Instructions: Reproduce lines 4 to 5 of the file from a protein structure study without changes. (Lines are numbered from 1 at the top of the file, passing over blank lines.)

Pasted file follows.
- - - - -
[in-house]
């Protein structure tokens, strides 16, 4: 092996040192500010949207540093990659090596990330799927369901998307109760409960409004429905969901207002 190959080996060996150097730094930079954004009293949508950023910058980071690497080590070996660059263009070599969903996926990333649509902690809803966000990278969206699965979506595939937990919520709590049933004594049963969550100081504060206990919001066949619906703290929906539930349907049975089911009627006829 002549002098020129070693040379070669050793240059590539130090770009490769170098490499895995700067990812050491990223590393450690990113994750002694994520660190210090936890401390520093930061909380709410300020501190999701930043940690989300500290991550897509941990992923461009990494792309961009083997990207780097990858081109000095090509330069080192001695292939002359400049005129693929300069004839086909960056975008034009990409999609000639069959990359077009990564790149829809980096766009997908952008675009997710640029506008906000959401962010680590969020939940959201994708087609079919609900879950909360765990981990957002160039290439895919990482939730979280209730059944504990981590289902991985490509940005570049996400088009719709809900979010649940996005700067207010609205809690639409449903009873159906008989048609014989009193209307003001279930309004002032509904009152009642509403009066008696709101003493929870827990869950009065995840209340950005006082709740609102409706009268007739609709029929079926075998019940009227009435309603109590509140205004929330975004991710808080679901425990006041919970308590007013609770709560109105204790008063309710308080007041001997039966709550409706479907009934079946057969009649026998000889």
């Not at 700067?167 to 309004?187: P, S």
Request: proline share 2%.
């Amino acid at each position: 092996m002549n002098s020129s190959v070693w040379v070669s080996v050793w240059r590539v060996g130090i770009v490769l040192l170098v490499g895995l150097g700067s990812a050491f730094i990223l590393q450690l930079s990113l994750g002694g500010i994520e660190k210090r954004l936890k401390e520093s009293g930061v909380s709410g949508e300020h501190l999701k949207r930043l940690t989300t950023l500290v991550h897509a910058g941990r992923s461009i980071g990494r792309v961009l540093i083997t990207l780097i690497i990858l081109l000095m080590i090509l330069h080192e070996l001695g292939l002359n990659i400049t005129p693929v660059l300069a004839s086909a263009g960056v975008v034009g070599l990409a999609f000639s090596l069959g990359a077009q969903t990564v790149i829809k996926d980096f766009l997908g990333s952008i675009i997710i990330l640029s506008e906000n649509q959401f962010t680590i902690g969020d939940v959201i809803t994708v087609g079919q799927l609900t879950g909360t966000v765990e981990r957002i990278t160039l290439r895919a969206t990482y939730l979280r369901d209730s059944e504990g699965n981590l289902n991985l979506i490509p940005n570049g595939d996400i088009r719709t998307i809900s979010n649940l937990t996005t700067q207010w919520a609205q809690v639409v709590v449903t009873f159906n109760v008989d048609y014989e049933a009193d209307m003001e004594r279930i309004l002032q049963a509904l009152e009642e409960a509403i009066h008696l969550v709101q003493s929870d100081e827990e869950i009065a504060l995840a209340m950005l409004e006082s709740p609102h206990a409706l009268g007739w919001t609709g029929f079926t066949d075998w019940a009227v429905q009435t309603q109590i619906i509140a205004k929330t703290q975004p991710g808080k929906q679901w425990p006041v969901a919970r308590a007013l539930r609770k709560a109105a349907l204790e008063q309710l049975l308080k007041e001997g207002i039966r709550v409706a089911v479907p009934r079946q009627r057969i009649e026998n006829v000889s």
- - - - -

Request: proline share 2%.
């Amino acid at each position: 092996m002549n002098s020129s190959v070693w040379v070669s080996v050793w240059r590539v060996g130090i770009v490769l040192l170098v490499g895995l150097g700067s990812a050491f730094i990223l590393q450690l930079s990113l994750g002694g500010i994520e660190k210090r954004l936890k401390e520093s009293g930061v909380s709410g949508e300020h501190l999701k949207r930043l940690t989300t950023l500290v991550h897509a910058g941990r992923s461009i980071g990494r792309v961009l540093i083997t990207l780097i690497i990858l081109l000095m080590i090509l330069h080192e070996l001695g292939l002359n990659i400049t005129p693929v660059l300069a004839s086909a263009g960056v975008v034009g070599l990409a999609f000639s090596l069959g990359a077009q969903t990564v790149i829809k996926d980096f766009l997908g990333s952008i675009i997710i990330l640029s506008e906000n649509q959401f962010t680590i902690g969020d939940v959201i809803t994708v087609g079919q799927l609900t879950g909360t966000v765990e981990r957002i990278t160039l290439r895919a969206t990482y939730l979280r369901d209730s059944e504990g699965n981590l289902n991985l979506i490509p940005n570049g595939d996400i088009r719709t998307i809900s979010n649940l937990t996005t700067q207010w919520a609205q809690v639409v709590v449903t009873f159906n109760v008989d048609y014989e049933a009193d209307m003001e004594r279930i309004l002032q049963a509904l009152e009642e409960a509403i009066h008696l969550v709101q003493s929870d100081e827990e869950i009065a504060l995840a209340m950005l409004e006082s709740p609102h206990a409706l009268g007739w919001t609709g029929f079926t066949d075998w019940a009227v429905q009435t309603q109590i619906i509140a205004k929330t703290q975004p991710g808080k929906q679901w425990p006041v969901a919970r308590a007013l539930r609770k709560a109105a349907l204790e008063q309710l049975l308080k007041e001997g207002i039966r709550v409706a089911v479907p009934r079946q009627r057969i009649e026998n006829v000889s």